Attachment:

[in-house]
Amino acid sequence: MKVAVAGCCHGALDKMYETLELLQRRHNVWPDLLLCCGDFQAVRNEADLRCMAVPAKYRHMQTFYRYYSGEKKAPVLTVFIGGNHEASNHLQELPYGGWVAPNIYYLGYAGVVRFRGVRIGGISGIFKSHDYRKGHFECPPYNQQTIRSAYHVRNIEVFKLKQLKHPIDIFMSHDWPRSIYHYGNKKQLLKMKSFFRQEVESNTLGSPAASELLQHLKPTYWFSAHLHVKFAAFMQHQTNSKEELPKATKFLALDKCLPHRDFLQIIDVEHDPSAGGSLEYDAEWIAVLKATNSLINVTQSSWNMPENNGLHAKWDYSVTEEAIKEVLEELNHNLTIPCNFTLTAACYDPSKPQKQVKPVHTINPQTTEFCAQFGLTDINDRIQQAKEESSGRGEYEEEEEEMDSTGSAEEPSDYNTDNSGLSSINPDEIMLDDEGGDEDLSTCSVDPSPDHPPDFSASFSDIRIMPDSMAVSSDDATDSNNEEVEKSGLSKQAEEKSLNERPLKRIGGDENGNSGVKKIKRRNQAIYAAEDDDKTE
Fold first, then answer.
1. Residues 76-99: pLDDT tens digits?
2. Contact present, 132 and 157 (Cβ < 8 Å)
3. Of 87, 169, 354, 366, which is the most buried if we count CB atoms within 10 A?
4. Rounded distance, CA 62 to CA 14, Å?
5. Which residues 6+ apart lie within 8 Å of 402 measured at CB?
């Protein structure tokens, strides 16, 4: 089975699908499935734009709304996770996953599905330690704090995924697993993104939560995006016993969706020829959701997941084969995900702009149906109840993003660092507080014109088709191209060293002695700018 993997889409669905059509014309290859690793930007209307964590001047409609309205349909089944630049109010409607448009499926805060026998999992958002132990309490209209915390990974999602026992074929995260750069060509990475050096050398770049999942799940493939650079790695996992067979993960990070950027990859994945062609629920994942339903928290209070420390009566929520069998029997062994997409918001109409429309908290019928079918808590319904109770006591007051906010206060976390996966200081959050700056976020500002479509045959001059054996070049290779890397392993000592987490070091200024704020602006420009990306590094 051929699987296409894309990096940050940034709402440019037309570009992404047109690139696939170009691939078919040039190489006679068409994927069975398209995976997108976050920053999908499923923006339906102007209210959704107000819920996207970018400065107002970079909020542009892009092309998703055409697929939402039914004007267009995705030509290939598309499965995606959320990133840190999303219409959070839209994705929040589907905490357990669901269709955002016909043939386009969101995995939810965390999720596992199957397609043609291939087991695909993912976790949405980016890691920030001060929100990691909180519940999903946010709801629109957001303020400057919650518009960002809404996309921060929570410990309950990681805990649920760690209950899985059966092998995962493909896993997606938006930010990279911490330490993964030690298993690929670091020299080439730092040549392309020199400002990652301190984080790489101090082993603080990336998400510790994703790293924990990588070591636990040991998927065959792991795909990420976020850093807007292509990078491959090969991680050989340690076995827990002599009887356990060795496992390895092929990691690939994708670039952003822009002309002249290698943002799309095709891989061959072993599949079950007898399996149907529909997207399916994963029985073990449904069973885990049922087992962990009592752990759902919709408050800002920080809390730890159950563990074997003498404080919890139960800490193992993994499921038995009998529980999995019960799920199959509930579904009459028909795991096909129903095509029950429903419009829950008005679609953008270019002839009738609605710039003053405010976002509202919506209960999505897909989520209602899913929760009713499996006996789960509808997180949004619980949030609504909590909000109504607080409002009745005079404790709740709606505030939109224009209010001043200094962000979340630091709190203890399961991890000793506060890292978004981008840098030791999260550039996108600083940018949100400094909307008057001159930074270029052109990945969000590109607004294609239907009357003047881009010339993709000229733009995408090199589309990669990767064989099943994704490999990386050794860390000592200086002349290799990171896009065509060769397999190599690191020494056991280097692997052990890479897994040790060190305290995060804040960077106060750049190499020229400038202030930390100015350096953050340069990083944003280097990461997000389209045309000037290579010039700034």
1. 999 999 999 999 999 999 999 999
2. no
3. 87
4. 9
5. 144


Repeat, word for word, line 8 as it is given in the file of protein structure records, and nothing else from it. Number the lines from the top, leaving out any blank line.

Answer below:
5. Which residues 6+ apart lie within 8 Å of 402 measured at CB?